« March musts and April apertifs | Main | Best of 2007: May's marvels; June jewels »

Here's the scoop on "penny" New Year's Eve rides

For many years (I'm not sure exactly how many), the CTA has offered bus and train rides for just a penny on New Year's Eve. And they'll do it again starting at 8 pm tonight.

But the truth is the rides are free. Bus drivers just wave riders past fare boxes covered with "Happy New Year!" stickers. And turnstiles at train stations are open, and festooned with similar stickers. You see, the CTA can't legally advertise free rides, and it also doesn't actually accept penny fares any longer. Also, it would be cost prohibitive to reprogram fare boxes for just 10 hours anyway. Thus, tonight's a freebie.

And it's a good thing, so I really don't want to hear from any of you about how the CTA can't afford it, etc. blah blah, etc. In 2004, the Sun-Times reported it cost the CTA about $150,000. It's probably not a whole lot more than that this year, certainly less than $200K. Seems reasonable to me, especially if it keeps drunk drivers off the road and potentially saves even one life.

The CTA has had minimal sponsorship interest in the penny fare program since they no longer allow alcoholic advertising -- which are a natural tie-in for this.

All train lines are running longer than usual tonight. Take advantage of this great program and keep the roads -- and yourself -- safer.


The real reason cta as well as other transit properties accross the country does not charge fares on New Years Eve in part getting drunks off the street, New Years Eve always had the most fare evasion. Because of lack of police manpower, it's propably not worth it to hold up service while waiting for police who might nrver show up.

What's with the lecture? Either leave comments open or not, but don't tell us what to say or how to like or dislike something about the CTA.

I am not knocking the program. I am just giving you my own perspective of it. Happy New Year and be careful.

umm, Anna, it's his site - he can do as he pleases.

Also, it's all about the words we use to communicate and you might try understanding that.

He didn't say you couldn't write any complaints/rebuttal/diatribes; he said he didn't want to hear it. He didn't tell you what to do; he laid out what he wanted to do/hear.

lol... I always love the "it's his site, he can do what he wants!" replies.

i still think the penny rides are silly. oh well. here, lets start a big internet fight!!!


People are complaining about the CTA doing something for their benefit.

It's true, the whining will never stop..

Doesn't 200K seem awfully high? The cost of the stickers (and applying them) can't be that much, I imagine they just hand them out to all the drivers and station attendants. Some advertising? The CTA already does some advertising, and while this is advertising for an event it is as good as any other advertising for encouraging people to ride. How many riders would they have tonight if fares weren't free? Certainly not 100,000 riders.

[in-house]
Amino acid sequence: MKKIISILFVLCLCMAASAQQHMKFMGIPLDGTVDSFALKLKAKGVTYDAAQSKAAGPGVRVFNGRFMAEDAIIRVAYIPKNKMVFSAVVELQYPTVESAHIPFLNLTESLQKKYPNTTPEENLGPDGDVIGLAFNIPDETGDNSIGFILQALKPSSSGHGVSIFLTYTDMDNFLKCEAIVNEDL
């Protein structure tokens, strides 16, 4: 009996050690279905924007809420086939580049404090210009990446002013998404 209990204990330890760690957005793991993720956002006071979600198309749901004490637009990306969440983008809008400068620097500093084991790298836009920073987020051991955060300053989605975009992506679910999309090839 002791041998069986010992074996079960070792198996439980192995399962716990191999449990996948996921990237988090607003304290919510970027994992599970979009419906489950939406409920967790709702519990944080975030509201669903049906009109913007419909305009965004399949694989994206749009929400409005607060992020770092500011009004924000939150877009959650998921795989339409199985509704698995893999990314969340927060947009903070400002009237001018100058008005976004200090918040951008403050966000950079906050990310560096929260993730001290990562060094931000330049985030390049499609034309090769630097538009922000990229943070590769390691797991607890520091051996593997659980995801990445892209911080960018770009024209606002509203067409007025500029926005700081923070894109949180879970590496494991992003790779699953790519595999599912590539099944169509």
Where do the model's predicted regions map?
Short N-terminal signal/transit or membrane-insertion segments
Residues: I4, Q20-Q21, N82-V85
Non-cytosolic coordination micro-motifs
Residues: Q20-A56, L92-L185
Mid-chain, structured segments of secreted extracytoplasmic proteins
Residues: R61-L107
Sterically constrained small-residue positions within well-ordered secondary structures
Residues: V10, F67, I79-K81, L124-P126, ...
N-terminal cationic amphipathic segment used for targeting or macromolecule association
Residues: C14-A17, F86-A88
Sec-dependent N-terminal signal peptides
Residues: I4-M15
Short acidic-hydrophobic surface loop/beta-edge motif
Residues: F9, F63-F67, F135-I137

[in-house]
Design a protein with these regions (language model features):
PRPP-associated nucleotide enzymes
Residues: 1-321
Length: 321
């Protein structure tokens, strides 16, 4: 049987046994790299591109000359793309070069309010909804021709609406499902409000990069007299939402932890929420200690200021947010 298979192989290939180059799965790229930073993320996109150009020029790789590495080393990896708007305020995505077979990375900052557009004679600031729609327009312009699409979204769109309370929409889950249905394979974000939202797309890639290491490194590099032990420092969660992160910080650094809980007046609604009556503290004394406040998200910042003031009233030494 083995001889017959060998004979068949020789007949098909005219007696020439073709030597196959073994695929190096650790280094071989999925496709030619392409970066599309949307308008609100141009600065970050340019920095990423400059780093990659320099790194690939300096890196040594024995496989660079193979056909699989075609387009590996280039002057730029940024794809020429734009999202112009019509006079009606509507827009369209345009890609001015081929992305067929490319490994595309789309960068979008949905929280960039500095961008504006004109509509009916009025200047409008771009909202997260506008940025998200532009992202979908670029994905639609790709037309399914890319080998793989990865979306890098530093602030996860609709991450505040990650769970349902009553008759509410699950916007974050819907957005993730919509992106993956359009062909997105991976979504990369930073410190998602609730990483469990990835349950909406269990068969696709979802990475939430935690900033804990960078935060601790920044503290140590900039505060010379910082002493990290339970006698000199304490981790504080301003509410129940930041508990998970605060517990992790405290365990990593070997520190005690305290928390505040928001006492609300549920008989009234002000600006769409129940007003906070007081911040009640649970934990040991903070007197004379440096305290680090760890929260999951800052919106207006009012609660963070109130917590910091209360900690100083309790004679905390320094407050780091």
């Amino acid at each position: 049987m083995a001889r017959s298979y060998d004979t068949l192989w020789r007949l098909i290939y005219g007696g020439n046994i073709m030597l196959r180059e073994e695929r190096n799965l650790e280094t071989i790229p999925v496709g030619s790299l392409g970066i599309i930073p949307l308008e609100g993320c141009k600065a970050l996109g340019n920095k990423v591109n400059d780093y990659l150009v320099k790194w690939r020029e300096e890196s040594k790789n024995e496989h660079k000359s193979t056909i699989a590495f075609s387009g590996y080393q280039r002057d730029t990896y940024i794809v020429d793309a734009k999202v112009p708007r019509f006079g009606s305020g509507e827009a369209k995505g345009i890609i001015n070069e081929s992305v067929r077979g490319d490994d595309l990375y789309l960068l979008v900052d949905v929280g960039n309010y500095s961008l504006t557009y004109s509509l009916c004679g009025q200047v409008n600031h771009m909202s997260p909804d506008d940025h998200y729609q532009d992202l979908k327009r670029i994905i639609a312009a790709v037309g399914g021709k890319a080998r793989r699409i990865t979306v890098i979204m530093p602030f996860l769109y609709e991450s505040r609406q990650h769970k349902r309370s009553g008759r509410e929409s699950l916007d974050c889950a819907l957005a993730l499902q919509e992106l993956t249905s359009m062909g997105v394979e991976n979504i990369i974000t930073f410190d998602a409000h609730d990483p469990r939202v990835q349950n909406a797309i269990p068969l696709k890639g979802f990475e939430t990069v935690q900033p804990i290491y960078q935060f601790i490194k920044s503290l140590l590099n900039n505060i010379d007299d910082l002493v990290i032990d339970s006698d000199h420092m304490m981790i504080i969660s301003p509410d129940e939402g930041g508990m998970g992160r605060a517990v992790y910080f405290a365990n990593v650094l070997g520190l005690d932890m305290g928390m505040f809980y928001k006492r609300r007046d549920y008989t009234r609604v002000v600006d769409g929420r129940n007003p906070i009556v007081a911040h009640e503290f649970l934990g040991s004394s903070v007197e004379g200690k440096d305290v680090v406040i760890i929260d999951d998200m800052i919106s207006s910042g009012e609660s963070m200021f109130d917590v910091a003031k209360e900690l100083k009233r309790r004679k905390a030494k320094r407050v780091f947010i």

I can't imagine this costs much at all. It makes me think -- what if they just made Sundays free? It would bring in more riders, especially families, get people comfortable with the service, get kids comfortable with it for when they are old enough to ride on their own, and I can't imagine there's much income generated from Sundays anyway (though there'd also be a cost to keep up with the likely increased demand).

Capital One pitched in some money so Toronto could offer free fares:


I think the $150K-200K that was mentioned refers to the lost fares - not the cost of advertising the free fares (they don't advertise -they rely on press accounts). The cost of the stickers and signs is negligible. (The manpower to post those can't be that high.) The cost was probably computed using the number of free rides that are taken during this time period - announced in a recent years at about 150,000 rides. Of course, a lot of those riders are already unlimited pass users, so there is no lost fare at all for them.

Ian's Sunday idea sounds interesting - free rides all day on Sundays - but given the high ridership on Sundays, that would cause a great loss in revenue. The CTA's recent ridership reports show that about 650,000 rides are provided on an average Sunday. It's not nearly as high as the average daily ridership (1.6 million) but it still brings in a lot of money.

There are many small systems across the country that are free every day. Mostly we're talking about systems with only one to a dozen buses, but they're free because the cost of counting, and accounting for all those tiny cash fares is just too high.

The problem with free rides in a big city is they attract too much trouble, and it's harder to disallow someone from a public place when there's no fare, and thus no contract.

And as we've discussed here before, depending on farebox revenue is not the most viable way to run a transit system.

What I'd like to see is $1 fares. It creates enough revenue to pay for it's collection, and a little extra. The additional public subsidy needed would pay-off better than many transportation projects that are currently funded pay-off. Ridership would go up. People would move around the city far more efficiently.

But considering the difficulty getting bare-bones funding, this is just a huge pipe dream that politicians will never have the insight to understand, let alone fund.

For now, we'll have to just enjoy our New Years Eve rides as best we can.

Oh... And since I don't pay the bills around here, and Kevin does, Kevin gets to do whatever he wants. He's actually pretty fare, and has allowed some exchanges here that aren't very comfortable. But if he ever decides he's sick of reading my comments, it's his absolute right to ban me anytime he wants. And if I don't like it, I'm welcome to start my own site.

The Internet is not some big, open public forum. It's a whole lot of privately owned resources that their owner have opened up for use by others. They still own the resources. They still get to call the shots. If you want to call the shots, you're more than welcome to start your own sites, and pay the web hosting fees, or find revenue streams to pay for them.

Perhaps this should have been part of some Thanksgiving post, but instead of scolding Kevin, we should be thanking him. It really is his forum, and he's been a very, very gracious host in allowing some of us to be such snots on his forum.

If, for argument's sake, one wants CTA to make up the $150,000 or so cost of the New Year freebie rides (I still think this is one of the smartest and best moves CTA's ever come up with, in terms of both public safety and PR), Huberman has only to fire two or three more space-waster administrators. He's done a good deal of that already, to his credit -- but I'd bet there's more he could do yet.